We followed her into the kitchen where the centerpiece was an old gas stove from the ’30s or ’40s in pristine condition.
“The tank was just filled yesterday,” she continued. “Josh always has it filled before the cold weather sets in. I have a well, but the pump is electric so the water’s not working. There is a hand pump though, would y’all mind filling up those buckets with water for me? We can heat some up to wash up with if you do.”
“Gladly, you are doing so much for us we will help you all we can,” Alice said.
By the time we had finished filling up all the buckets and the bathtub with water, she had supper on the table. Roast beef, mashed potatoes, green beans, cornbread, and peach pie for dessert.
“I’m gonna have a glass of wine with my supper, if it won’t offend ya’ll and ya’ll are welcome to join me if you like.”
“I won’t be offended at all and I would love a glass myself,” I said.
“I would love one too,” Alice added.
She lit an oil lamp and placed it on the table. It was the best meal I had had in a very long time. It sure beat the freeze-dried stuff I thought I would be eating tonight.
We cleaned up the kitchen and washed up with warm water, then we sat out on the porch to finish off the bottle of wine.
“How long have you lived here?” I asked.
“I have always lived here,” she said, laughing. “My daddy built this house in the ’30s and I was born here. Two of my brothers were killed in WWII, the other one came back and got married, and went to work in the coal mines near Jasper. He died in a cave-in in the ’70s. When I got married, my daddy had just inherited my grandparent’s house up the road, so my parents moved out and my husband moved in. I turn 93 next month and I have never lived anywhere but here.”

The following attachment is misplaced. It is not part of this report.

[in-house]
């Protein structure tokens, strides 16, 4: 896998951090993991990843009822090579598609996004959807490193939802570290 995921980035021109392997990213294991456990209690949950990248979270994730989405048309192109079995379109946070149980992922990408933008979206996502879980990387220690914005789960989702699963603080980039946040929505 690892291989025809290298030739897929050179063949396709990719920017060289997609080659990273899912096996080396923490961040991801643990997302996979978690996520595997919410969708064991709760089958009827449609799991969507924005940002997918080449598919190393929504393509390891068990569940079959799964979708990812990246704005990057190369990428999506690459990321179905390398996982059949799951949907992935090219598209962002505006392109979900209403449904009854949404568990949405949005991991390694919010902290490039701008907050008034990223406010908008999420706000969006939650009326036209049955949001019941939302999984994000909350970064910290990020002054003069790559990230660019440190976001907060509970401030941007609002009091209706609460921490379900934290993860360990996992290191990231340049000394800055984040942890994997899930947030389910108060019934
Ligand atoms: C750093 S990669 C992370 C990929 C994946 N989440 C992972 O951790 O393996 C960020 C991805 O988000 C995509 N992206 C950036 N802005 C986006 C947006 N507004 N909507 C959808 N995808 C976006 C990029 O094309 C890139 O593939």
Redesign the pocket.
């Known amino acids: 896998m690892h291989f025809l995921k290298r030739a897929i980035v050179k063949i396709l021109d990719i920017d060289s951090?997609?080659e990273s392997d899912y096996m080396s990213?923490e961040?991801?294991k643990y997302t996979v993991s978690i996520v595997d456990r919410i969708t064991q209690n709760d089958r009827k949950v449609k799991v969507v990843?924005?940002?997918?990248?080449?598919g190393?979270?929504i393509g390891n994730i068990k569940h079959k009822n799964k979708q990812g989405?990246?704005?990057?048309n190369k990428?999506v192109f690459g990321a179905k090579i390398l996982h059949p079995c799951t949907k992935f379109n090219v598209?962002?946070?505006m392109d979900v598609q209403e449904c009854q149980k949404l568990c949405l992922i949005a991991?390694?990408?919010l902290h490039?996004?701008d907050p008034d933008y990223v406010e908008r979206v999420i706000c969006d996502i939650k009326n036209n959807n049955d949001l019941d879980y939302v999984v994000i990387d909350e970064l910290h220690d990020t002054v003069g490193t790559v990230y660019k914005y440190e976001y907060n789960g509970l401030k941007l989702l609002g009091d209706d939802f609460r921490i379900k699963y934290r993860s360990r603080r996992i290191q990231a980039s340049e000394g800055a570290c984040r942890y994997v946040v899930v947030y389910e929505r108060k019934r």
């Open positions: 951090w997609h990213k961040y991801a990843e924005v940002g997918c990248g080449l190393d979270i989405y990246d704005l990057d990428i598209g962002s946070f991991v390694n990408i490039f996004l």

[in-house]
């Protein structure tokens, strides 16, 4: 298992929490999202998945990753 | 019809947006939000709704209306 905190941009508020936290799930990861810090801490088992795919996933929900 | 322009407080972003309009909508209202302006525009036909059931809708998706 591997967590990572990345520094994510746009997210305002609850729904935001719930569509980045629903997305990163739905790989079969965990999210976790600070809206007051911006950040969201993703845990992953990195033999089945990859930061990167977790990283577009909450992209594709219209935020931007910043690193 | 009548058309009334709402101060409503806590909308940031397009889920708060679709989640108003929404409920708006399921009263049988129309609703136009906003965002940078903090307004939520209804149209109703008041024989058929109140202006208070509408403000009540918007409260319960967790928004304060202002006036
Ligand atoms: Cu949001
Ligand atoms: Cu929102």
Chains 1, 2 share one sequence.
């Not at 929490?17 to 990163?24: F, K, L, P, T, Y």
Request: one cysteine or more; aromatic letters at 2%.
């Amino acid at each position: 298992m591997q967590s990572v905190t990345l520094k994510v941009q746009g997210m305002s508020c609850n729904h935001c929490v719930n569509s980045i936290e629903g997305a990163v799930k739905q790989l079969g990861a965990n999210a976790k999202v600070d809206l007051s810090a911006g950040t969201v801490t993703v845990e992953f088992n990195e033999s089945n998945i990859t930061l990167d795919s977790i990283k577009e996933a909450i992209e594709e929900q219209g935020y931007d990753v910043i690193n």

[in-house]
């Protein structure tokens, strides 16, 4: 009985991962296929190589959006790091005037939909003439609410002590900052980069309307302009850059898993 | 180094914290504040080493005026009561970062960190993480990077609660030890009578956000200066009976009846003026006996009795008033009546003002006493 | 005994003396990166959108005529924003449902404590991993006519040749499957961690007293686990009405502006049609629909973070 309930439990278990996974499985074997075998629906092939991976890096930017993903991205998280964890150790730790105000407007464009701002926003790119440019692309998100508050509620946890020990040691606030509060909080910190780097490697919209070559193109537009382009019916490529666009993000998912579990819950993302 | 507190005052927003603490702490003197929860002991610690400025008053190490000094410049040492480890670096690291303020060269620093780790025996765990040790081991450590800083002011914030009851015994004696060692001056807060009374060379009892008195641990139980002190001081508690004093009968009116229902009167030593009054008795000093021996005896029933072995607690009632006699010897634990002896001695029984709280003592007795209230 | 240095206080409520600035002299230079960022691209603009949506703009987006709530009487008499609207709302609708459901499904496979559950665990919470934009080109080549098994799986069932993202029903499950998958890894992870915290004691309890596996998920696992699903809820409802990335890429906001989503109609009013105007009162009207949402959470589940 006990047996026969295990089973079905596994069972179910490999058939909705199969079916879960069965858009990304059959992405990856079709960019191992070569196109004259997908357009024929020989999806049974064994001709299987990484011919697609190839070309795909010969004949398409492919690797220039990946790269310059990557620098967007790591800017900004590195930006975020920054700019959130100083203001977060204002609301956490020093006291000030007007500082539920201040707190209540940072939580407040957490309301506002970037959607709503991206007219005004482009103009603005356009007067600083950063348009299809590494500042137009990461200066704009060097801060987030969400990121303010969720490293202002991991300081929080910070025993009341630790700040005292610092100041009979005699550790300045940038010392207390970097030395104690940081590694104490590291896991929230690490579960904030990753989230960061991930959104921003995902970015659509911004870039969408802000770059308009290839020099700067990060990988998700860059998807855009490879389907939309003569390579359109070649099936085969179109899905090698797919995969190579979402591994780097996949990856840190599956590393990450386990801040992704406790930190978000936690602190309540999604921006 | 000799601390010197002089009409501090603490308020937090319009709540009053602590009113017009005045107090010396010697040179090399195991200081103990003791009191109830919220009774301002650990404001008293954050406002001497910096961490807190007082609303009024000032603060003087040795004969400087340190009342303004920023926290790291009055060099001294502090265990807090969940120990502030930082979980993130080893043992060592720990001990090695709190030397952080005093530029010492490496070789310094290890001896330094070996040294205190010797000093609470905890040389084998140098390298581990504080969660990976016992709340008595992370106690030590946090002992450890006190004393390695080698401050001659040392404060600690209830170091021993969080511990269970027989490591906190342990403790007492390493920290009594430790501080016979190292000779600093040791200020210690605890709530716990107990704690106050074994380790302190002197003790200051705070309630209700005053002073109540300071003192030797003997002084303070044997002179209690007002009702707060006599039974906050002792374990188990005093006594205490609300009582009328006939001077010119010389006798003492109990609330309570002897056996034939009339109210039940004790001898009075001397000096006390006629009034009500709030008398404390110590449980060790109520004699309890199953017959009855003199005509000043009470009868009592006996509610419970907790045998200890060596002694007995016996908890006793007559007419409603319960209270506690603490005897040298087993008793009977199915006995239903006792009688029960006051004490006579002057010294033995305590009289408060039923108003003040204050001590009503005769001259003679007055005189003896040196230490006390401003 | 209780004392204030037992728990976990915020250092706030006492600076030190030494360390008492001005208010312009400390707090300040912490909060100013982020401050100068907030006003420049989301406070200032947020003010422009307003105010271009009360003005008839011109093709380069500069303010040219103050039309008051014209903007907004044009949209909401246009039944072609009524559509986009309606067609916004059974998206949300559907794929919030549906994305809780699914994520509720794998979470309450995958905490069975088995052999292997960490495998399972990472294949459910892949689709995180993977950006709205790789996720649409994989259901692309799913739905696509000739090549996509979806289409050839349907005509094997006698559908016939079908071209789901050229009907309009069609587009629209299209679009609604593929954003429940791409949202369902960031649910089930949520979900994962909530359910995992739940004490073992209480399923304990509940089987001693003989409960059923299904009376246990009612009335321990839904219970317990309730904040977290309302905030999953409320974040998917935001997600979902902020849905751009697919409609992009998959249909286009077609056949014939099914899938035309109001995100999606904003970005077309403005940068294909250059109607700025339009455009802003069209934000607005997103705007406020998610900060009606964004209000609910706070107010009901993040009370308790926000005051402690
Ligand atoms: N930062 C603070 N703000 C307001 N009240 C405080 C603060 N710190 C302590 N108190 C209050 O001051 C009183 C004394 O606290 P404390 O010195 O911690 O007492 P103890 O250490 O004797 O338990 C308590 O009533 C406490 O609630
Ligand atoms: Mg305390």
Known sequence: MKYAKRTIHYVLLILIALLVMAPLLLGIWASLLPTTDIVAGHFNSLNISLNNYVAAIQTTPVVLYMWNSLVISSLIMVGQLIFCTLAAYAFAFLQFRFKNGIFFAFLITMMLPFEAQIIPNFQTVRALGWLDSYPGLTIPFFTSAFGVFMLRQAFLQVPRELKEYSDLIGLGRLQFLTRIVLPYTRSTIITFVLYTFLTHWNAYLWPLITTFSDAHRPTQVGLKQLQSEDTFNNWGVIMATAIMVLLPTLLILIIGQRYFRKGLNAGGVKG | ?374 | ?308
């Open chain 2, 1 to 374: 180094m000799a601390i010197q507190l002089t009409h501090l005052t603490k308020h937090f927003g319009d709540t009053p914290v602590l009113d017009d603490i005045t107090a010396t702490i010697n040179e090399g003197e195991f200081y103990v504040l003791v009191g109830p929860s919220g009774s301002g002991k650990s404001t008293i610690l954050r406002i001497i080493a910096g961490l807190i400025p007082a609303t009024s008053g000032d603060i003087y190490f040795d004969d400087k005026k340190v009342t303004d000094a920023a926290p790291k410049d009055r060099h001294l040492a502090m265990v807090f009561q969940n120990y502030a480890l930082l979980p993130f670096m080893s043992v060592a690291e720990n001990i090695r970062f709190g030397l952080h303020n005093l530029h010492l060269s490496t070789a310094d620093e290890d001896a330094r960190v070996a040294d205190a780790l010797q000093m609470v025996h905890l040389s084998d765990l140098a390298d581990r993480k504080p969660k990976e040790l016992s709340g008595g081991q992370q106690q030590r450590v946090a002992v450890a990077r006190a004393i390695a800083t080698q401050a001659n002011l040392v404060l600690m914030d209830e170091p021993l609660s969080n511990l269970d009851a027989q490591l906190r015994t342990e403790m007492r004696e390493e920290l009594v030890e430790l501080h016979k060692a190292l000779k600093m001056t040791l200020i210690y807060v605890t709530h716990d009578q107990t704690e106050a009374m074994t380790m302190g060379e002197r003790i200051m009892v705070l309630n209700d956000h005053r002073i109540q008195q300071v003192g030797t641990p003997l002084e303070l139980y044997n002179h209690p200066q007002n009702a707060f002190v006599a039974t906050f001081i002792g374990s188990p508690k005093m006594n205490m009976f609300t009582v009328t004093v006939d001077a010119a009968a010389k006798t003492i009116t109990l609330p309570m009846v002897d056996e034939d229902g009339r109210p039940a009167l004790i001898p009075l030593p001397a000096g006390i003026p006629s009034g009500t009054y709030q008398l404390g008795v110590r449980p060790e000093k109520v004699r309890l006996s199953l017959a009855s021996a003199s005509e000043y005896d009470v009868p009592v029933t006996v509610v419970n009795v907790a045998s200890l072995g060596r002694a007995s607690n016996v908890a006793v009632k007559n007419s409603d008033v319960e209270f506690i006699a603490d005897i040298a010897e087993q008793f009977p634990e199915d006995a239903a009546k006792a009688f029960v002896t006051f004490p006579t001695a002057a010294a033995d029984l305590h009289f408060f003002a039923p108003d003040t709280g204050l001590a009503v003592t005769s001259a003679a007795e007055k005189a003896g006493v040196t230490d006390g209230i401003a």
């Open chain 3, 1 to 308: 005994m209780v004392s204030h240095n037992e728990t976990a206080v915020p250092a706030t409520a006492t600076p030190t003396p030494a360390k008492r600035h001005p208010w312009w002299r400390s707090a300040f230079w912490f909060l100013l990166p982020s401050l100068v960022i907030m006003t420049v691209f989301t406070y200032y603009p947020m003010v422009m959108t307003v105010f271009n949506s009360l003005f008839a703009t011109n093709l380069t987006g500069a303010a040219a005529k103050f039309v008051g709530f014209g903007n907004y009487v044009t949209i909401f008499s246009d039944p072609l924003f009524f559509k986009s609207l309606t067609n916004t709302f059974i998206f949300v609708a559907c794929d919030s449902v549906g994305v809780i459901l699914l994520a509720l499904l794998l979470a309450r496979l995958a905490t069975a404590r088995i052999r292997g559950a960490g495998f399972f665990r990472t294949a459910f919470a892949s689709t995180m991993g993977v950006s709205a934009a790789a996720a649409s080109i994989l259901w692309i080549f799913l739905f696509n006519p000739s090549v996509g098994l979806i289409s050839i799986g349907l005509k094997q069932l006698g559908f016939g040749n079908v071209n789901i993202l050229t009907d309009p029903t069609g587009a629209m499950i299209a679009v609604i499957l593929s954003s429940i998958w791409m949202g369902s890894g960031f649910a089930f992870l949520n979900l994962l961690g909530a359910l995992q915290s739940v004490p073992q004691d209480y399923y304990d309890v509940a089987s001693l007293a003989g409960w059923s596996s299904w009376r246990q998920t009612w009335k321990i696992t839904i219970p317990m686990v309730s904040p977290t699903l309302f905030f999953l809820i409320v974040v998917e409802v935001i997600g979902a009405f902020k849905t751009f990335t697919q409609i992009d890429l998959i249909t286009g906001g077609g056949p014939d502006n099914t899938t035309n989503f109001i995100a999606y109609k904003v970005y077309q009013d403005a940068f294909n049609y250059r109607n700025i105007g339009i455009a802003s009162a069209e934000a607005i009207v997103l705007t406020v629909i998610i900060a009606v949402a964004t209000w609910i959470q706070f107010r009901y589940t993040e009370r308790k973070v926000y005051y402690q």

“I would never have guessed that you are 92. I thought you were in your early 70’s,” Alice said.
Maude beamed at her. “Thank you, young lady.”
She told us stories about her life until the antique clock on the mantle struck ten. “Well, you ladies get some sleep. The sun’s not up good until seven now, so I’ll fix you a good breakfast so you can start tomorrow on a full belly.”
She gave us each a nightgown and showed us to our room. Then she went to her own bed.
“What a sweet woman,” Alice said. “I hope her grandson does come to get her tomorrow.”
“Me too, I hate to leave her here alone.” We were at the back of the house, so I turned my solar lantern on low and put my gun under my pillow.
“So far this hasn’t been too bad. We’ve had two amazing meals and we are sleeping inside in a real bed tonight,” Alice said.
“We have thirty-eight miles to go. We did around sixteen today and I think the most we can do tomorrow will be twenty unless your husband shows up in his truck, we will still have one more night until we get home.”
“I think I was in shock all day today. I’ll do better tomorrow, I promise.”
“You did fine today. Don’t worry, we’ll get home. I feel bad for the people in the cities though. They will start panicking and dying in the next forty-eight hours.”
“Thank you for getting me to leave this morning.”
“It was selfish on my part. It’s safer with someone to watch your back.”
“Well, I know I wouldn’t have even tried to walk home if you hadn’t done this. Thanks for asking me to come, whatever the reason.”
“Get some sleep. Tomorrow will be a long day and we most likely won’t have a house and a bed to sleep in tomorrow night, so enjoy this one.”
FIND STEPHANIE HERE